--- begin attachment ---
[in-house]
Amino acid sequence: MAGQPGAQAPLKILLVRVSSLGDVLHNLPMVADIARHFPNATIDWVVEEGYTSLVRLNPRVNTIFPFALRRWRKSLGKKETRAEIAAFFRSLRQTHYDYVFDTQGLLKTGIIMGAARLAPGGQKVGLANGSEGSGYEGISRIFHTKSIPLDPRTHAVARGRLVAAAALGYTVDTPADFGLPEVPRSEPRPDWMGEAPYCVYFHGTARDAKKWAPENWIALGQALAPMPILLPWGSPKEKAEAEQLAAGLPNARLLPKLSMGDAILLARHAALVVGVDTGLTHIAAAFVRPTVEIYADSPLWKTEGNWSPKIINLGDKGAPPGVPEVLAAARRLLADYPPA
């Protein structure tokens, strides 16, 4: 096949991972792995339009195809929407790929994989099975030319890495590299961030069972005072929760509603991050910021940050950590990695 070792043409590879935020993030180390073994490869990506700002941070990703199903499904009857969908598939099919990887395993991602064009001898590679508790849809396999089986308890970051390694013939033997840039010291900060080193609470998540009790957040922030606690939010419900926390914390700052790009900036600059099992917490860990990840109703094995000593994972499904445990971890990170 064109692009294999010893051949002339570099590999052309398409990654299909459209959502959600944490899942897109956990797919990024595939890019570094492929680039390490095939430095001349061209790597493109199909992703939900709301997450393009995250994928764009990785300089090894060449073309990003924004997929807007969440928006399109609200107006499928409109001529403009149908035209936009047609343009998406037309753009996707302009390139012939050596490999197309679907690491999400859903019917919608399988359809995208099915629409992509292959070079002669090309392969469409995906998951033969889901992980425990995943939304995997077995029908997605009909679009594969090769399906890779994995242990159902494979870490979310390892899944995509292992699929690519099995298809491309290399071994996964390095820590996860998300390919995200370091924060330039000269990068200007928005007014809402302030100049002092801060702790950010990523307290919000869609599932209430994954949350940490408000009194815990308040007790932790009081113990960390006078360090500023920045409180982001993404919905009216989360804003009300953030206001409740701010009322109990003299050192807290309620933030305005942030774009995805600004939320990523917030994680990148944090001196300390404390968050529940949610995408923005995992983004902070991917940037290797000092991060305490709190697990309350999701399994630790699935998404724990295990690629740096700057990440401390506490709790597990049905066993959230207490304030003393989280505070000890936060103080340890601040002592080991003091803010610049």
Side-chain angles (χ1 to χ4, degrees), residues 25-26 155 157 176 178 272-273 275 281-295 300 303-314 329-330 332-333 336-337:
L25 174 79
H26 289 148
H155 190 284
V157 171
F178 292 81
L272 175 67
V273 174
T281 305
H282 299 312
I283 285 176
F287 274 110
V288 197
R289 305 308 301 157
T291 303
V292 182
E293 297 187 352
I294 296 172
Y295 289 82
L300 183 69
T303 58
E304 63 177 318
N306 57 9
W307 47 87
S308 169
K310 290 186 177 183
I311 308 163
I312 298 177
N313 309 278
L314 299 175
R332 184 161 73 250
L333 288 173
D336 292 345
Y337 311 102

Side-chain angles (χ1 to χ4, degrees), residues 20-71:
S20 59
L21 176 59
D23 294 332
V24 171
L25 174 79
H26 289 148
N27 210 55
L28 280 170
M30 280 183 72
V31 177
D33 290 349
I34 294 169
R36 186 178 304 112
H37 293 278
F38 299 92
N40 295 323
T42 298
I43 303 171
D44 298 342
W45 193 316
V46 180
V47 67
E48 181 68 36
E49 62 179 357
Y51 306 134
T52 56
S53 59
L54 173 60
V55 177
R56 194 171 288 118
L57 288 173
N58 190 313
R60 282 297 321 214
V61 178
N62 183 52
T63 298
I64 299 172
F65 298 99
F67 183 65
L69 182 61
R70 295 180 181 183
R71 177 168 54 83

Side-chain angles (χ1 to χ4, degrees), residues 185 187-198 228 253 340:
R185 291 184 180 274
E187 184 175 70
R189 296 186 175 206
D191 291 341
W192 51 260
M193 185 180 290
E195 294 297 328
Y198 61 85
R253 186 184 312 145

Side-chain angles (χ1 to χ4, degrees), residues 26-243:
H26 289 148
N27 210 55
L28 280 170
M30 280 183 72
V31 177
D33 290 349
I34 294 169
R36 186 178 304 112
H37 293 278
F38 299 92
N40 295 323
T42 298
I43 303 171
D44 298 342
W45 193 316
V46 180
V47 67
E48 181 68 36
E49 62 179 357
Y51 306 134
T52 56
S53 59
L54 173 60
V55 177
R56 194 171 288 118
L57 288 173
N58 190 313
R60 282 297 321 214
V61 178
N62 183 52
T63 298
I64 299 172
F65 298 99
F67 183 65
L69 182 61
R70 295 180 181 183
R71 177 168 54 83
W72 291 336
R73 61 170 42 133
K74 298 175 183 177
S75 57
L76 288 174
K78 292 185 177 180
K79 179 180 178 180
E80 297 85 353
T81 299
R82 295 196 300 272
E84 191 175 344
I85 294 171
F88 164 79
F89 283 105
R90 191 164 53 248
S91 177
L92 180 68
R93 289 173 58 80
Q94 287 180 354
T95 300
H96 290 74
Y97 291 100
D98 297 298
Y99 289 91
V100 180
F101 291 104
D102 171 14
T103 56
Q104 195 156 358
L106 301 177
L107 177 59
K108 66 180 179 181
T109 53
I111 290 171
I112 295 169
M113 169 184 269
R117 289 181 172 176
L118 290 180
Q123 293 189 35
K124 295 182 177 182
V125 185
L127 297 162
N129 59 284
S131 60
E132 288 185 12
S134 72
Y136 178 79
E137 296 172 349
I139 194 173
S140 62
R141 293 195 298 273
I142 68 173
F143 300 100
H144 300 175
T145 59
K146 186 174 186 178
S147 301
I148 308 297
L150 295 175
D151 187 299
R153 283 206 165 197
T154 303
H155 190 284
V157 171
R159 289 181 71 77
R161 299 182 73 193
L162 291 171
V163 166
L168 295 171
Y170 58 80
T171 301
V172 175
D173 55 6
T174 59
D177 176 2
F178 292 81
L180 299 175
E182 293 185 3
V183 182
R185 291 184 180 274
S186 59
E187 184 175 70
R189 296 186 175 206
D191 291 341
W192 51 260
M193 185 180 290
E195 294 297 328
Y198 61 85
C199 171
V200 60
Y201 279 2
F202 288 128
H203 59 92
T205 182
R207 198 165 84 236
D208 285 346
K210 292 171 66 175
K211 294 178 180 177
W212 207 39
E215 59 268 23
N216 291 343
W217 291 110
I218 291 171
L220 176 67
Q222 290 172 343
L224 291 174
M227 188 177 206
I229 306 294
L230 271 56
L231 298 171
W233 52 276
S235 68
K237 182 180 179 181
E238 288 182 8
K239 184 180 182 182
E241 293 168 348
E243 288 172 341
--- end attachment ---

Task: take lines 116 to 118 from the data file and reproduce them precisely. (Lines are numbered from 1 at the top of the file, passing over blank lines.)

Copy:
R56 194 171 288 118
L57 288 173
N58 190 313